Guide to the Application of Genotyping to Tuberculosis Prevention and Control

Applying Genotyping Results to Tuberculosis Control Practices

This chapter provides guidelines for interpreting and responding to new genotyping results as they are reported by the genotyping laboratories. Specifically, we will describe how new information about genotyping matches can be combined with information about epidemiologic links between patients with TB in order to identify chains of recent TB transmission and take appropriate action to stop transmission (or, in the case of a false-positive culture, to stop treatment for patients who were falsely diagnosed with TB). Possible action steps include expanding a contact investigation, conducting an outbreak investigation, performing a cluster investigation in order to search for epidemiologic links between patients with matching genotypes, and determining whether a specific report of a TB case resulted from a false-positive culture report. Figure 6.1 provides a graphical representation of the steps involved in the decision analysis of when to take possible action steps. Finally, we will discuss how genotyping data provide a powerful tool to monitor trends in TB transmission.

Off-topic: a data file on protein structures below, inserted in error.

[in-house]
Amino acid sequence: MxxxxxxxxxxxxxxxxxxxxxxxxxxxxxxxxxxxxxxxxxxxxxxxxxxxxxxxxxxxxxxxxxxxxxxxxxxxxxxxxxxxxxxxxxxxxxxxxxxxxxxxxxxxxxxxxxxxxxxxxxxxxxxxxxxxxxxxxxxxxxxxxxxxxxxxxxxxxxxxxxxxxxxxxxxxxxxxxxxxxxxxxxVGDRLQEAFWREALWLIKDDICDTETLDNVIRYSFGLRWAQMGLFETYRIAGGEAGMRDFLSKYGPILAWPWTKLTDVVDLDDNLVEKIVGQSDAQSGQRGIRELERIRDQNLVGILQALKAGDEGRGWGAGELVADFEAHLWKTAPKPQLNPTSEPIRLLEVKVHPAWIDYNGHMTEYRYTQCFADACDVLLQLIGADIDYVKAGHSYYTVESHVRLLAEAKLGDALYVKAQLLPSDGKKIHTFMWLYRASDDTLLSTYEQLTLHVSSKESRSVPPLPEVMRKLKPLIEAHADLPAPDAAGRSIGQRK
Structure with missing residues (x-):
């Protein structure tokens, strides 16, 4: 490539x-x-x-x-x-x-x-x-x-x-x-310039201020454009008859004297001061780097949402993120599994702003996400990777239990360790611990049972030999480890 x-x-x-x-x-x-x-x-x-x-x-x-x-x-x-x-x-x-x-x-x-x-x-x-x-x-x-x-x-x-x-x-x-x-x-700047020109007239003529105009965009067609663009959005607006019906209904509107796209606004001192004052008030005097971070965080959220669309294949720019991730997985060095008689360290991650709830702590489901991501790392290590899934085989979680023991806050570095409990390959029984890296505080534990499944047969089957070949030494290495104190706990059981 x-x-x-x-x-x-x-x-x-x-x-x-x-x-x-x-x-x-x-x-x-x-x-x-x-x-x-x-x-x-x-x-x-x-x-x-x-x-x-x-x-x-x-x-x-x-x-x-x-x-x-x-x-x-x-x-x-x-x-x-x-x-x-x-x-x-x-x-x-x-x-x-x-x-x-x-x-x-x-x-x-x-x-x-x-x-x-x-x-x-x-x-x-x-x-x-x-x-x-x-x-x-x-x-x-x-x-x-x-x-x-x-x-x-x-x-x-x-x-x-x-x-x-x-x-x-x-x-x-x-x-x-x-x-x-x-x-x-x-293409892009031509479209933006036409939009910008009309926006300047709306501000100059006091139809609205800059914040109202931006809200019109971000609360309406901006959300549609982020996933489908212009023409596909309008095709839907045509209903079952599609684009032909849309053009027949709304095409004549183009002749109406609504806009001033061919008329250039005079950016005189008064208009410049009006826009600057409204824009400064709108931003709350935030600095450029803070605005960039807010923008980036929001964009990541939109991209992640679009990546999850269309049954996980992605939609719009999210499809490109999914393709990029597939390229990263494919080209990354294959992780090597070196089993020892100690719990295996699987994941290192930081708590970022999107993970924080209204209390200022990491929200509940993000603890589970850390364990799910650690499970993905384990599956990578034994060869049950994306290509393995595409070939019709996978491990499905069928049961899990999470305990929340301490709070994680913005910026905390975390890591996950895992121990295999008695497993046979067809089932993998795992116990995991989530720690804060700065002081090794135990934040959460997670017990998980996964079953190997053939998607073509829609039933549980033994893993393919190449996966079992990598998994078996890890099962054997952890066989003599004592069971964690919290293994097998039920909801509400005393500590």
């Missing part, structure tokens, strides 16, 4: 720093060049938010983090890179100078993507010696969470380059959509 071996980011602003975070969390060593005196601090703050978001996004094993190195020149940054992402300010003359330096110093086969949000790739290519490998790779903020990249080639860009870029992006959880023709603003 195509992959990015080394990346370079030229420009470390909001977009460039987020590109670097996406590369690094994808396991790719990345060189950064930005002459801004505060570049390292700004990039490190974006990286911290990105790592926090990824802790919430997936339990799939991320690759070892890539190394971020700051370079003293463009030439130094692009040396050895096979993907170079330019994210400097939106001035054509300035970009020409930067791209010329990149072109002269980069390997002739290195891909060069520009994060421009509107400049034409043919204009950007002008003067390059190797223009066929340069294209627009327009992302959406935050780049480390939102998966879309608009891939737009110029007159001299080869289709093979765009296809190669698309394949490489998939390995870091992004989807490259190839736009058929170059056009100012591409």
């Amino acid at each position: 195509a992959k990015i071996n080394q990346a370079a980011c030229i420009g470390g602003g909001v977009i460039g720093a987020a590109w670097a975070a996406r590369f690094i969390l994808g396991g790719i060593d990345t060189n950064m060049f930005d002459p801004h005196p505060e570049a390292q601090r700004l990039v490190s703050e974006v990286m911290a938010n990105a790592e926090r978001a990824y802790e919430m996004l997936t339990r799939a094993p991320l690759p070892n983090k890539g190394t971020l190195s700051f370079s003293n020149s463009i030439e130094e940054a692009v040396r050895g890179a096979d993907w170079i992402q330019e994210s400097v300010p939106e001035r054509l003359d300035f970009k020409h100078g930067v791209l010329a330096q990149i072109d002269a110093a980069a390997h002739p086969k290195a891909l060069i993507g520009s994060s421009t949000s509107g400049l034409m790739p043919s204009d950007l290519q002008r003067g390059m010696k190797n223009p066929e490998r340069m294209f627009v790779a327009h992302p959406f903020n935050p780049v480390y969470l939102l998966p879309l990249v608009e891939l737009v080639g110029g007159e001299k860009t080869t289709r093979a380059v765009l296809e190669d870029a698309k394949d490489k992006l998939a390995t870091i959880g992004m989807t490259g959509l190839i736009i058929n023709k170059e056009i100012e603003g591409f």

Chapter 5, Developing a TB Genotyping Program, described the critical components of a TB genotyping program and the key procedures that need to be established to collect and analyze genotyping and epidemiologic data. The current chapter will focus on using that data in a decision analysis in order to identify specific action steps to take to improve TB control practices.

Page last reviewed: September 1, 2012